Then there's the issue of who gets to control the dialogue. Despite being force-fed the narrative of danger that, for example, warns us against speaking to strange men lest we somehow give them the 'wrong impression', women are also demonised whenever we express concern or caution about being alone with men we don't know. To do so is to express the most violent of misandries against the innocent, unassuming gentlemen who would never, not in a million years, how dare you even suggest it you vile she-beast, ever do anything to harm a woman. "Not all men!" come the cries, usually from the same outraged mouths that will, without a moment's reflection or awareness, defend their right to offer unsolicited commentary about the various things we silly women do to invite danger upon ourselves and demand that we pay more attention.  
The only conclusion I've been able to draw from this is that women, despite being constantly told what we MUST do to avoid danger, are actually not allowed to be in control of what those preventative actions might look like. Establish women's only spaces and you're discriminating against men. Talk openly about the risks you face (risks that men feel completely entitled to opine on) and you're inflicting a perverse and paranoid view of masculinity on the world that's 'unfair'.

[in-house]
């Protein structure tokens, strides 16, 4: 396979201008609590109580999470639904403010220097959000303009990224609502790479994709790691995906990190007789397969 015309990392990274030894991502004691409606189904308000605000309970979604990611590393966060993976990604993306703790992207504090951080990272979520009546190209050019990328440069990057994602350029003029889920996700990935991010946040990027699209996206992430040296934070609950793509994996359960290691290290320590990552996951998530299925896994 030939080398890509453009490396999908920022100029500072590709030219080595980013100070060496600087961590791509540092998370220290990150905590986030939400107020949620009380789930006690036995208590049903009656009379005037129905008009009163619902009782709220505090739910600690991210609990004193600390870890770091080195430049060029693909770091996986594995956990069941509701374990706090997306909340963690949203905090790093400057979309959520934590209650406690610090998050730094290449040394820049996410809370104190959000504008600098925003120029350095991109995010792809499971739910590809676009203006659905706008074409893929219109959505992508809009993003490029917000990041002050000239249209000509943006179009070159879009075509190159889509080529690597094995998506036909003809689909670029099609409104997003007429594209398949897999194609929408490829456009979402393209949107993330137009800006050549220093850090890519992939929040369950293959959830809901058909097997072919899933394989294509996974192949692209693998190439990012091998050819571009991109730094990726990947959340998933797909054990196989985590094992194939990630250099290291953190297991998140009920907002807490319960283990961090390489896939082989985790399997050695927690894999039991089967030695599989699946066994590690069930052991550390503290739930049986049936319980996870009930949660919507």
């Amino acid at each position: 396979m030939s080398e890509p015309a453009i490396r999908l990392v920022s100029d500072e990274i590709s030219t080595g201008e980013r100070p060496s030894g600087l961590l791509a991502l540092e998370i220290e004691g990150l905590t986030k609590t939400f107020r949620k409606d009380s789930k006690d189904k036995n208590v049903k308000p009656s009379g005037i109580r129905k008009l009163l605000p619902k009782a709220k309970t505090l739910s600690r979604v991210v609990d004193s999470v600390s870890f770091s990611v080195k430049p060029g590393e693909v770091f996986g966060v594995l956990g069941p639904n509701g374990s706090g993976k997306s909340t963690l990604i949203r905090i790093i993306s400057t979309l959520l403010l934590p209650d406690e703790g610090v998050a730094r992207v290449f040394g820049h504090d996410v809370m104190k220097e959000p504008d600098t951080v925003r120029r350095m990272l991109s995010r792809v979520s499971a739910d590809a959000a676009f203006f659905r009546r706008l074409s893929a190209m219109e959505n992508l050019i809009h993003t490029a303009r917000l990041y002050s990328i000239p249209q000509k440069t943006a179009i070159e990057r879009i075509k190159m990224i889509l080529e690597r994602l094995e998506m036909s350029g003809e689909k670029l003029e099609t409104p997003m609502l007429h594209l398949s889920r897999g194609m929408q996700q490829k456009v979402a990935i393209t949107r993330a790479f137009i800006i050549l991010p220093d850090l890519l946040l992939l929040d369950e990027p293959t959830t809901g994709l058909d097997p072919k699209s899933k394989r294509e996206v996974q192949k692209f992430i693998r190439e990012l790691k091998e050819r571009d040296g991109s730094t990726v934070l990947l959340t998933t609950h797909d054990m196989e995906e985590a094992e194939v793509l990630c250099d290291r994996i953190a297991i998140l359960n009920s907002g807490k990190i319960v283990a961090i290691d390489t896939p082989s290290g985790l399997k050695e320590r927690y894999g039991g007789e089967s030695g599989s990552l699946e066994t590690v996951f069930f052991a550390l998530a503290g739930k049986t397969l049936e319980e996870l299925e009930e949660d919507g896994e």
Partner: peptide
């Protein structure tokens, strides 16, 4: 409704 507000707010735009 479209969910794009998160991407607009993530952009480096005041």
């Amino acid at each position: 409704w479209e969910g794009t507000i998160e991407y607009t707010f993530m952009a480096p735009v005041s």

The deck is always stacked against us. Do the 'wrong' thing, and we'll be blamed for being silly enough to invite risk. Take preventative measures (and worse, talk about what those measures might be), and we'll be blamed for lumping all men into the same box and perpetrating equal if not greater sexism against the poor, beleaguered blokes out there who don't deserve to all be tarred with the same brush by feminists who are probably just upset no one wants to f--k them.
But when a man tells a woman she has to behave more sensibly to prevent risk, he never means that she should behave more sensibly around him. He retains the right to not only view himself as non-threatening to her, but also to insist that she treat him this way to avoid insulting him by association. This ability to control the dialogue is removed the moment women are given the freedom to determine who and what we consider to be a risk to us. And what happens when men are denied the opportunity to decide who and what women are allowed to be afraid of? They face being implicated in those decisions.
I'm sick of having to coddle and mollify the people who have no compunction dictating women's behaviour as potential victims but balk at acknowledging the reality of men as potential perpetrators. If women have to be told constantly to take responsibility for avoiding risks in a world that's hostile to us, then men can start accepting responsibility for being part of the structures of power that make that world unsafe. I'm well beyond the point of caring whether or not this hurts their feelings or bruises any misjudged notions of 'equality'. Women are used to no one listening to us when we complain about the actual ways the world hurts us. Perhaps it's time men start getting used to being ignored when they complain about the fictional ways they feel maligned by it too.